The Novel Cure: Literary prescriptions for lack of charm


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The Independent Culture

Ailment: Charm, lack of

Cure: Anne of Green Gables by Lucy Maud Montgomery

Those who lack charm may succeed by bullishness and naked ambition, but they will never be sought out as companions for picnics and other perambulations. Charmers make the rest of us feel even more intelligent, more fascinating, and more insightful than themselves, and awaken our delight in the world around us. They go places that the charmless can't, getting what they want simply because others find it is a joy to please them. Charm can't be taught, but it can be absorbed, either by close proximity to those magnetic men and women of our acquaintance, or from the world of literature.

Start with Anne of Green Gables – a turn-of-the-century novel that has bewitched millions of all ages. Eleven-year-old Anne, an unwanted orphan, arrives brimming with hope and optimism at the farm of elderly siblings, Matthew and Marilla. The pair need help on their farm, and want to adopt. When it turns out that they had expected a boy, and intend to send her back to the wretched 'asylum', all seems lost.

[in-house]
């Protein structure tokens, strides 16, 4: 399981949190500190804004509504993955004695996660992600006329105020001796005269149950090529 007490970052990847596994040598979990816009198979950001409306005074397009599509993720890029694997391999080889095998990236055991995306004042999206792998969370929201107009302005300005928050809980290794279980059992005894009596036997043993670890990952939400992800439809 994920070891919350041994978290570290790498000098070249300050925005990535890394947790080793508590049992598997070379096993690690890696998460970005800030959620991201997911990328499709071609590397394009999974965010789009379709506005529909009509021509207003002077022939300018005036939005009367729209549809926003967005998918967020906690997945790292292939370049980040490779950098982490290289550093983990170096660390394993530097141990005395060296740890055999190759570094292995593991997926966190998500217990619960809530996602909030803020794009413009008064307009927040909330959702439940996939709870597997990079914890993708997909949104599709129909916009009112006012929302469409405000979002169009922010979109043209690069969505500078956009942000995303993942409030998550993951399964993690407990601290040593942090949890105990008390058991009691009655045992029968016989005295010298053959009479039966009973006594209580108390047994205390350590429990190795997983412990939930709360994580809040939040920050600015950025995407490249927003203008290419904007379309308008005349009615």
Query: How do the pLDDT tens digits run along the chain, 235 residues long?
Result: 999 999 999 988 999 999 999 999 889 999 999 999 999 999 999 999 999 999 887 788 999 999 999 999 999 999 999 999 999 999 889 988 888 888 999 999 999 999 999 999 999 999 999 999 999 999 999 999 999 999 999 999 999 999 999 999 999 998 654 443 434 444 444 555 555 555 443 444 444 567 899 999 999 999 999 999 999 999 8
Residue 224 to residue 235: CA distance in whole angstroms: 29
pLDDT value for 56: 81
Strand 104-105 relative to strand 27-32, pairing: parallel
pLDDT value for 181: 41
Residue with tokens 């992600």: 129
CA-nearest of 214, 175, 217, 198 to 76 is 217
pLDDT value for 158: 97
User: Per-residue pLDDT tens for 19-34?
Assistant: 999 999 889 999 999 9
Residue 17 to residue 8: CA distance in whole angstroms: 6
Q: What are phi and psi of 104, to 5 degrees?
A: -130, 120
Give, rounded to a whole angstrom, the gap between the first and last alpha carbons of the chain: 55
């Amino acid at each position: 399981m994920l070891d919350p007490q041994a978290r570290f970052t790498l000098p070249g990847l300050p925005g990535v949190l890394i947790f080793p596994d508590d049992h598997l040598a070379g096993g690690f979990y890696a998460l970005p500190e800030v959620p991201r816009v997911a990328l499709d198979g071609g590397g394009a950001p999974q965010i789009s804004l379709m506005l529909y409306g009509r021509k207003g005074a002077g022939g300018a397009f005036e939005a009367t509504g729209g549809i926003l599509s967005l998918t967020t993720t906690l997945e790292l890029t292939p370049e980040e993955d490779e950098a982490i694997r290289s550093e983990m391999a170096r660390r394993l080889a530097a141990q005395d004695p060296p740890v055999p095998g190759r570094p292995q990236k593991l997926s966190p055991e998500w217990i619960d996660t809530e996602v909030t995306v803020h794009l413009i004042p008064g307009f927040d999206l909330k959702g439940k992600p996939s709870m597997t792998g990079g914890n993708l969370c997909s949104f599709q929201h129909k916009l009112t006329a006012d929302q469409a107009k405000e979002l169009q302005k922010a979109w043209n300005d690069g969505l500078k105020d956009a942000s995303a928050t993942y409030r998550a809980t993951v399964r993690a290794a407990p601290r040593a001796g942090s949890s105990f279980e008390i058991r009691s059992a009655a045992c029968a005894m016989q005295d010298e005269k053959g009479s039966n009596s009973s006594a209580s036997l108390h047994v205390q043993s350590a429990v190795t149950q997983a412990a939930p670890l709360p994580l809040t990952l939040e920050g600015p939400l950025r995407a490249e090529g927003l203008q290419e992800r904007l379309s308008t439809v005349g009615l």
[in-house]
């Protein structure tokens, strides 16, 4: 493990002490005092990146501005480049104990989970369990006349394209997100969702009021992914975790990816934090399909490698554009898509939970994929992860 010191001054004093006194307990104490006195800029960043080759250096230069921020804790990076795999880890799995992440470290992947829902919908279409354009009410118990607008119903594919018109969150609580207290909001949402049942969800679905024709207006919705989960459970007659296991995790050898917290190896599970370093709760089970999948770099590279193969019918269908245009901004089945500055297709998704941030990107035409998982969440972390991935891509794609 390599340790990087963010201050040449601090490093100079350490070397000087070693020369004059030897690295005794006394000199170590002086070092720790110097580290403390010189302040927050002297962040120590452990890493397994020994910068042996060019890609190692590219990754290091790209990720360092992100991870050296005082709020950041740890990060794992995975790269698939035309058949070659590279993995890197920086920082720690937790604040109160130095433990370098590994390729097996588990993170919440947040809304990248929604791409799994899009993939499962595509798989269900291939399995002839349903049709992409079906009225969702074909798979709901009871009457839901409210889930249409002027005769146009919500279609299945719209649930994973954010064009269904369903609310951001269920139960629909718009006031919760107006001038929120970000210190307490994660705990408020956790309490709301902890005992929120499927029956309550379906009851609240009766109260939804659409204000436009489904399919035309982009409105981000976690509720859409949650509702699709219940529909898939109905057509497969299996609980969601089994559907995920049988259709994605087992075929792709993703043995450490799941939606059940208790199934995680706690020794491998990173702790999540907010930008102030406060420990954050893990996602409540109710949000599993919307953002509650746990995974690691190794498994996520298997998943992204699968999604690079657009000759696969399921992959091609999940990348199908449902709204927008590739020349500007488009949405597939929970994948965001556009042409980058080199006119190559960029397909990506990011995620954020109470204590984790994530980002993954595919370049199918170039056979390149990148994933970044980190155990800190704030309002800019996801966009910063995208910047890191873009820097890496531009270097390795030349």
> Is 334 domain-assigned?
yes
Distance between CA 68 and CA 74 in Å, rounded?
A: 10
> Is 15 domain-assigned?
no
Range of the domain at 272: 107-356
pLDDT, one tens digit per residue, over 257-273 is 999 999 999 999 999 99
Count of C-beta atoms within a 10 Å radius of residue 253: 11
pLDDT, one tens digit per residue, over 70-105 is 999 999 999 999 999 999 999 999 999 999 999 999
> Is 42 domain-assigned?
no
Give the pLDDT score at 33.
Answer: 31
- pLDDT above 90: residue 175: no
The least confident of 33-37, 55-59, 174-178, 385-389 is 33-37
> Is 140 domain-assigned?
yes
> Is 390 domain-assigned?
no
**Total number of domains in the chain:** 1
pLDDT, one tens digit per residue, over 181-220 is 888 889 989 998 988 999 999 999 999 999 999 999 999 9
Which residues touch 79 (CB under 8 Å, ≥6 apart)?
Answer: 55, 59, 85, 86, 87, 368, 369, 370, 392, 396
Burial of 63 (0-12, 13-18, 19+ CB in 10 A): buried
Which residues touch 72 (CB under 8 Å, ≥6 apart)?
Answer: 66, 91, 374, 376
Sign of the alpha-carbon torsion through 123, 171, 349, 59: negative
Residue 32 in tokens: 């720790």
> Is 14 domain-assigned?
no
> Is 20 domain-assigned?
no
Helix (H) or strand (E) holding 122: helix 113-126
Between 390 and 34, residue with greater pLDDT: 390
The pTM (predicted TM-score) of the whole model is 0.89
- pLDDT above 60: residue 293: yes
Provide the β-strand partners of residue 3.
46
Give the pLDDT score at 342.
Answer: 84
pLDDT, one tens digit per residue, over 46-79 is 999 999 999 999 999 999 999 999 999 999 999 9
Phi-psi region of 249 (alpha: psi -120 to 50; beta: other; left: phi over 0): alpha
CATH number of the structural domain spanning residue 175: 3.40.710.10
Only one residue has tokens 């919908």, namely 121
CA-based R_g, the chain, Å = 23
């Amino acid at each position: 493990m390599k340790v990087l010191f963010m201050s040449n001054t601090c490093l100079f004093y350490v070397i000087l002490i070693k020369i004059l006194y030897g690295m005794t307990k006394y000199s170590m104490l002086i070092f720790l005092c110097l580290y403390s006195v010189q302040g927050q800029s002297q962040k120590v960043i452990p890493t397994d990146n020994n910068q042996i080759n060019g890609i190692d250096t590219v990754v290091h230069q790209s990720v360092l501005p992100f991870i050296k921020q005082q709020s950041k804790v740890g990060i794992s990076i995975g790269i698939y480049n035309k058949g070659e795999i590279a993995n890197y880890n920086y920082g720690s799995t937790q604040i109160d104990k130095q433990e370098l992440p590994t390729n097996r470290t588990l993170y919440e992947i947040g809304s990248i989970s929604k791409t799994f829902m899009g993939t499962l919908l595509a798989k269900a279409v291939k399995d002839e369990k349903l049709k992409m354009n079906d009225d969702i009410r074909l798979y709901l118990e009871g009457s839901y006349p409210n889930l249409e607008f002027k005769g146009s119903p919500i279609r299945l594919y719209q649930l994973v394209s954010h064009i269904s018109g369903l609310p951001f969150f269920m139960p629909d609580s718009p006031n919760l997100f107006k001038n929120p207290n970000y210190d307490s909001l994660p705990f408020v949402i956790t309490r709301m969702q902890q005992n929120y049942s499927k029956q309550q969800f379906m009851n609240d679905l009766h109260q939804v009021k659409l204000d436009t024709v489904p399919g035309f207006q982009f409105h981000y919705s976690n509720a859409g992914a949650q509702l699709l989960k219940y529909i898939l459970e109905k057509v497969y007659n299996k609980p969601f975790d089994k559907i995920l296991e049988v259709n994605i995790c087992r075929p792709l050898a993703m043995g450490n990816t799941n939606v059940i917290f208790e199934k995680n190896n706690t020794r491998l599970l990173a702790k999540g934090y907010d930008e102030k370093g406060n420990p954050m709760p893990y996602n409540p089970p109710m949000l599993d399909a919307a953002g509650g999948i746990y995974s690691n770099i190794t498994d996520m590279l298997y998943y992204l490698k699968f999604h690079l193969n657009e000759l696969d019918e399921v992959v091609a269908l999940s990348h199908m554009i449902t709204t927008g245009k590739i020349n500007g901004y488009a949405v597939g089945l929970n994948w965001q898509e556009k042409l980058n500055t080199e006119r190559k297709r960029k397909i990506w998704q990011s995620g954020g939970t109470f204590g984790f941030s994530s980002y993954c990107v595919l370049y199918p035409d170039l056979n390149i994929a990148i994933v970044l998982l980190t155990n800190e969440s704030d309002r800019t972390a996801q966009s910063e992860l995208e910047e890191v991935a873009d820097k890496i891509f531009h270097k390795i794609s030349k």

But Anne is not one to dwell on the downsides of life, and nevertheless gets on with enjoying Green Gables while she can, beginning by giving everything a new name, including herself (Cordelia, which she finds more romantic). Barry's Pond becomes the Lake of Shining Waters and the geranium on the window sill is christened Bonny. To the incredulity of all, the siblings are so charmed by Anne and her ability to transform their workaday surroundings into somewhere quite magical, that they soon decide they can't live without her.

Anne's conviction that the world is rapturously beautiful beguiles the most resolutely disagreeable folk. Start appreciating – and exalting in – the tiniest drop of colour or mystery, and you'll find yourself exerting a powerful new pull on those around you.

'The Novel Cure, An A-Z of Literary Remedies' (Canongate, £17.99);